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XJ XJ6 / XJ8 / XJR ( X350 & X358 ) 2003 - 2009

XJ8 (06) Air Suspension Fault

 
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Old 11-11-2018, 11:27 PM
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Question XJ8 (06) Air Suspension Fault

We were getting an Air Suspension Fault message earlier when driving in cold conditions. Now it occurred when only 68 degrees. My wife says she can feel every bump when the air suspension is not engaged.
How can I troubleshoot this? The nearest dealer is a 4-hour drive away.
Thanks,

Mark
 
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Old 11-12-2018, 10:03 AM
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Originally Posted by Mark McDonald View Post
We were getting an Air Suspension Fault message earlier when driving in cold conditions. Now it occurred when only 68 degrees. My wife says she can feel every bump when the air suspension is not engaged.
How can I troubleshoot this? The nearest dealer is a 4-hour drive away.
Hi Mark,

I have moved your post from the forum for the X308 to the forum for the X350, which is the Jaguar factory project code for your 2006 XJ8. Here you will find knowledgeable owners of similar cars.

The most common cause of the ASF in cold conditions is an air leak from the top seal of one of the front air spring/shock absorber assemblies. The top seal is a large rubber molding and one edge of it can be seen around the circular recess in the top of the air spring (viewed from the engine bay). With the air suspension fully charged, you may be able to see air bubbles at this seal if you spritz a little soapy water around the top of the air spring, taking care not to wet the electrical connector for the ECATS solenoid.

Another typical contributor to these symptoms is a worn piston ring/seal in the air compressor. The seal is made of PTFE, a type of Teflon, and when it becomes worn the compressor cannot pressurize the system within the time allotted by the Air Suspension Control Module (ASM). This triggers the ASF warning on the instrument cluster, You can replace the seal yourself using an inexpensive kit from our member Andy at bagpipingandy.com.

It is also helpful to have your car scanned by a diagnostic system capable of reading the proprietary Jaguar Chassis (C-prefix), Body (B-prefix) and Network (U-prefix) Diagnostic Trouble Codes (DTCs) which are triggered by air suspension problems. Knowing the DTCs can help narrow down the diagnosis, but standard generic OBDII scanners can only read the Powertrain (P-prefix) codes. Find a local shop that works on European cars with the dealer-level Jaguar IDS/WDS/SDD diagnostic system, or a high end scan tool such as an Autel MaxiSys, Launch X-431, or AutoEnginuity with the Jaguar enhancement. Some Snap On scanners may also work, but their coverage of European cars tends to not be as thorough as the tools from Autel and Launch.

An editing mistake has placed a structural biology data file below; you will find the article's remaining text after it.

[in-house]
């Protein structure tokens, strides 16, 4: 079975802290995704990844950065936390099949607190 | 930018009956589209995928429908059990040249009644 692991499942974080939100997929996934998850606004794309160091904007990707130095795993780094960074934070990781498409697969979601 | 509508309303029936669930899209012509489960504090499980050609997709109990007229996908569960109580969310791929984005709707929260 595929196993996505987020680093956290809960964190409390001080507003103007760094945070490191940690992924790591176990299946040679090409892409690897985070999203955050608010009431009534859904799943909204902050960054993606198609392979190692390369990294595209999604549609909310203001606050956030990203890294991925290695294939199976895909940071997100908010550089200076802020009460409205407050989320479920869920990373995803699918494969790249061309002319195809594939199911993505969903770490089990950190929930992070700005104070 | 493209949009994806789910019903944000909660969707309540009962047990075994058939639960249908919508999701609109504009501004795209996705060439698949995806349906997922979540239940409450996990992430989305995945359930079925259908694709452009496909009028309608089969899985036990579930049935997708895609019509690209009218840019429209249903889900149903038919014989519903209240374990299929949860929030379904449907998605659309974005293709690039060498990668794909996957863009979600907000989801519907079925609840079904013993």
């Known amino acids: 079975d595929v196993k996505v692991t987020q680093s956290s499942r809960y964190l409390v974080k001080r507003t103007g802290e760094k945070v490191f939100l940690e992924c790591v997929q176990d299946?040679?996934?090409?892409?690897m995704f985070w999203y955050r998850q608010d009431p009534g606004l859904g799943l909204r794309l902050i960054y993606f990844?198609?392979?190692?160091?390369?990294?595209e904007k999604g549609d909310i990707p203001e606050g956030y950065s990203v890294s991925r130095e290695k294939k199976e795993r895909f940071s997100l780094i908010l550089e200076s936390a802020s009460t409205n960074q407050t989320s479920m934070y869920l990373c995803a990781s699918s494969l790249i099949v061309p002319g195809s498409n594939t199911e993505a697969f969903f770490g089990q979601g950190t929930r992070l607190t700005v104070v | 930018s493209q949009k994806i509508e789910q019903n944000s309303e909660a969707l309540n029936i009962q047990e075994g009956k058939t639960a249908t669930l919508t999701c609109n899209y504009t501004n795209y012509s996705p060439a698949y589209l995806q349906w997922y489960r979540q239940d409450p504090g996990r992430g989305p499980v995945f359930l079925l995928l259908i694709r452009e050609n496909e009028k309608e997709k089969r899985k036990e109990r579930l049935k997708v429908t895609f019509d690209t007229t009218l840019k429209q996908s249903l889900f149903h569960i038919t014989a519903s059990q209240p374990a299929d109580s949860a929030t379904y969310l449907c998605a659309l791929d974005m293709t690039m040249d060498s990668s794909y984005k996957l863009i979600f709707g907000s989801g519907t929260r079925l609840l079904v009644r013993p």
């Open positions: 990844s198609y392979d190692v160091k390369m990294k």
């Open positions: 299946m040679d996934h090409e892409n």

You might also have a look at the thread below, which will help you understand the air suspension system:

Air Suspension & ECATS System Summary: Components & Operation

Please keep us informed..

Cheers,

Don
 

Last edited by Don B; 11-12-2018 at 10:06 AM.
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  #3  
Old 01-02-2019, 07:18 PM
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Spent Christmas Day replacing the piston ring provided by Bagpipingandy.com in preparation of a 1100+ mile road trip the next day. When finished we drove around town for a while looking at Christmas lights with no Air Suspension Fault light coming on. Next day we took off feeling confident that the problem was fixed but did not even get out of town before the light came on. It is not an issue on the interstate (except in New Mexico), so we proceeded to California. Since then it has been intermittent but has come on even in warmer weather. Now I will try to seal the tops of the air spring assemblies.
On that note, I saw a few bubbles coming out of an opening in the top of the ring. Those openings are obviously there for a purpose. Should they be sealed up? Some pictures of exactly where I should apply the sealant would be helpful.
 
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Old 01-02-2019, 08:39 PM
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Originally Posted by Mark McDonald View Post
...Since then it has been intermittent but has come on even in warmer weather. Now I will try to seal the tops of the air spring assemblies.
On that note, I saw a few bubbles coming out of an opening in the top of the ring. Those openings are obviously there for a purpose. Should they be sealed up? Some pictures of exactly where I should apply the sealant would be helpful.
Hi Mark,

Congratulations on successfully replacing the piston ring in your air compressor.

Regarding the air leak, perhaps it will help us help you if you post a photo or two of the area where you saw a few bubbles coming from an opening at the top of the ring. I can't envision the openings you are describing.

Thanks,

Don

 
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Old 01-03-2019, 10:48 PM
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Having the exact same issue; was an issue when colder, but happening more and more when it's not real cold. Will be very interested in whether the sealing of the tops will fix it. I'll try to do a soap test for bubbles (assuming it goes on). I normally only had the problem at start up; after driving for 10 minutes, I could many times shut the engine off and turn it right back on and it would be gone. How hard was it to replace the piston ring? I don't recall where the pump is.....
 
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Old 01-07-2019, 11:55 PM
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Gordon,
The pump is in front of the driver's side front wheel. You have to remove a lot of the shielding to get to it. The part supplier, Bagpippingandy.com, provides a a link with instructions for removal.

Getting the pump off was not a problem, replacing the piston ring was straight-forward. But putting the pump back on was a bear. There is very little room for hands or tools. Parts kept falling in my face. And be sure that all your hoses and clamps are accessible; I spent a frustrating half-hour or more trying to reach a clamp that kept sliding behind. Make sure you have adequate lighting.
 
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Old 01-08-2019, 10:29 PM
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Thanks! Really appreciate the tips.

So, would you suggest first replacing the seal, or look at the tops of the air spring assemblies? I would have thought it is a compressor issue (as you did). Why would one partial leak in one spring cause the error?

Anyway, please let us know how the work on the spring goes. I suspect I'll end up having to do that too.